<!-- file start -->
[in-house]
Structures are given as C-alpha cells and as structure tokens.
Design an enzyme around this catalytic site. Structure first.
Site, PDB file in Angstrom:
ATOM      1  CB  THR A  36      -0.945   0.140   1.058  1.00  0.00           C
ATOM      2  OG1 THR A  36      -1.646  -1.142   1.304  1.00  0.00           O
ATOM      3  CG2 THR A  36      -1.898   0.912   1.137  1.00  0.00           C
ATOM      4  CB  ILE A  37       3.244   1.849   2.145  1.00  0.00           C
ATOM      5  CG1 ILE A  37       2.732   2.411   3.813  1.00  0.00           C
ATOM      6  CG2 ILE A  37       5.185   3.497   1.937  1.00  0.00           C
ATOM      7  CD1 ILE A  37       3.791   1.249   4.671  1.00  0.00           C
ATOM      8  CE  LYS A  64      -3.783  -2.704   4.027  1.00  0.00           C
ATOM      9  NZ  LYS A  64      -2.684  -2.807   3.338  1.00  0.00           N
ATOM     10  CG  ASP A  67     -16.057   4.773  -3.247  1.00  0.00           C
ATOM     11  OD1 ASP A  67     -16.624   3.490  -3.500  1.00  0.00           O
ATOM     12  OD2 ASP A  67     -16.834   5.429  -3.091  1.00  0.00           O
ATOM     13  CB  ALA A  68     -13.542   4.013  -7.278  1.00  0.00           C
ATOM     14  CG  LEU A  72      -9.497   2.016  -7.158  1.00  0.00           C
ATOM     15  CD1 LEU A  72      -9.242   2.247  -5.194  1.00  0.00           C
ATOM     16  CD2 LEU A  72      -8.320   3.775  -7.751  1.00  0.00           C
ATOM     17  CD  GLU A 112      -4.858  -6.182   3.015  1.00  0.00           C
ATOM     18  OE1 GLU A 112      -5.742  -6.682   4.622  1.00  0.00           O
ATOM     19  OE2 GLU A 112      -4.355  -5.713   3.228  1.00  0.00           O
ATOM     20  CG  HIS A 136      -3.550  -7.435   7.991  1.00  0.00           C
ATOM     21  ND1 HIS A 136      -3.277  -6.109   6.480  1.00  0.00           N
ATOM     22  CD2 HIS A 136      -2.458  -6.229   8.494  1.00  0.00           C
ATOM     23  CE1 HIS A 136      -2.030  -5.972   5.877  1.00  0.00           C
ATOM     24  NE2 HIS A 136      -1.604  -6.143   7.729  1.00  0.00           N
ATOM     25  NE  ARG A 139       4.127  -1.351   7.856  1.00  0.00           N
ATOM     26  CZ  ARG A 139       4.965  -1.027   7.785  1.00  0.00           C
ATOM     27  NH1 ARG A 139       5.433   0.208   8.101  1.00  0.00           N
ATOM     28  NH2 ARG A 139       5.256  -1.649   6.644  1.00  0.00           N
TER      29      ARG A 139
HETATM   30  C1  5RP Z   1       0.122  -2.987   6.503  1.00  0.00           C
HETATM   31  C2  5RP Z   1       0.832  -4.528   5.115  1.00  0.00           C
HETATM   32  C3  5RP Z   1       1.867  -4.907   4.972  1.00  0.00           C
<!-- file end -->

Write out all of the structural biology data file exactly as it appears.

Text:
[in-house]
Structures are given as C-alpha cells and as structure tokens.
Design an enzyme around this catalytic site. Structure first.
Site, PDB file in Angstrom:
ATOM      1  CB  THR A  36      -0.945   0.140   1.058  1.00  0.00           C
ATOM      2  OG1 THR A  36      -1.646  -1.142   1.304  1.00  0.00           O
ATOM      3  CG2 THR A  36      -1.898   0.912   1.137  1.00  0.00           C
ATOM      4  CB  ILE A  37       3.244   1.849   2.145  1.00  0.00           C
ATOM      5  CG1 ILE A  37       2.732   2.411   3.813  1.00  0.00           C
ATOM      6  CG2 ILE A  37       5.185   3.497   1.937  1.00  0.00           C
ATOM      7  CD1 ILE A  37       3.791   1.249   4.671  1.00  0.00           C
ATOM      8  CE  LYS A  64      -3.783  -2.704   4.027  1.00  0.00           C
ATOM      9  NZ  LYS A  64      -2.684  -2.807   3.338  1.00  0.00           N
ATOM     10  CG  ASP A  67     -16.057   4.773  -3.247  1.00  0.00           C
ATOM     11  OD1 ASP A  67     -16.624   3.490  -3.500  1.00  0.00           O
ATOM     12  OD2 ASP A  67     -16.834   5.429  -3.091  1.00  0.00           O
ATOM     13  CB  ALA A  68     -13.542   4.013  -7.278  1.00  0.00           C
ATOM     14  CG  LEU A  72      -9.497   2.016  -7.158  1.00  0.00           C
ATOM     15  CD1 LEU A  72      -9.242   2.247  -5.194  1.00  0.00           C
ATOM     16  CD2 LEU A  72      -8.320   3.775  -7.751  1.00  0.00           C
ATOM     17  CD  GLU A 112      -4.858  -6.182   3.015  1.00  0.00           C
ATOM     18  OE1 GLU A 112      -5.742  -6.682   4.622  1.00  0.00           O
ATOM     19  OE2 GLU A 112      -4.355  -5.713   3.228  1.00  0.00           O
ATOM     20  CG  HIS A 136      -3.550  -7.435   7.991  1.00  0.00           C
ATOM     21  ND1 HIS A 136      -3.277  -6.109   6.480  1.00  0.00           N
ATOM     22  CD2 HIS A 136      -2.458  -6.229   8.494  1.00  0.00           C
ATOM     23  CE1 HIS A 136      -2.030  -5.972   5.877  1.00  0.00           C
ATOM     24  NE2 HIS A 136      -1.604  -6.143   7.729  1.00  0.00           N
ATOM     25  NE  ARG A 139       4.127  -1.351   7.856  1.00  0.00           N
ATOM     26  CZ  ARG A 139       4.965  -1.027   7.785  1.00  0.00           C
ATOM     27  NH1 ARG A 139       5.433   0.208   8.101  1.00  0.00           N
ATOM     28  NH2 ARG A 139       5.256  -1.649   6.644  1.00  0.00           N
TER      29      ARG A 139
HETATM   30  C1  5RP Z   1       0.122  -2.987   6.503  1.00  0.00           C
HETATM   31  C2  5RP Z   1       0.832  -4.528   5.115  1.00  0.00           C
HETATM   32  C3  5RP Z   1       1.867  -4.907   4.972  1.00  0.00           C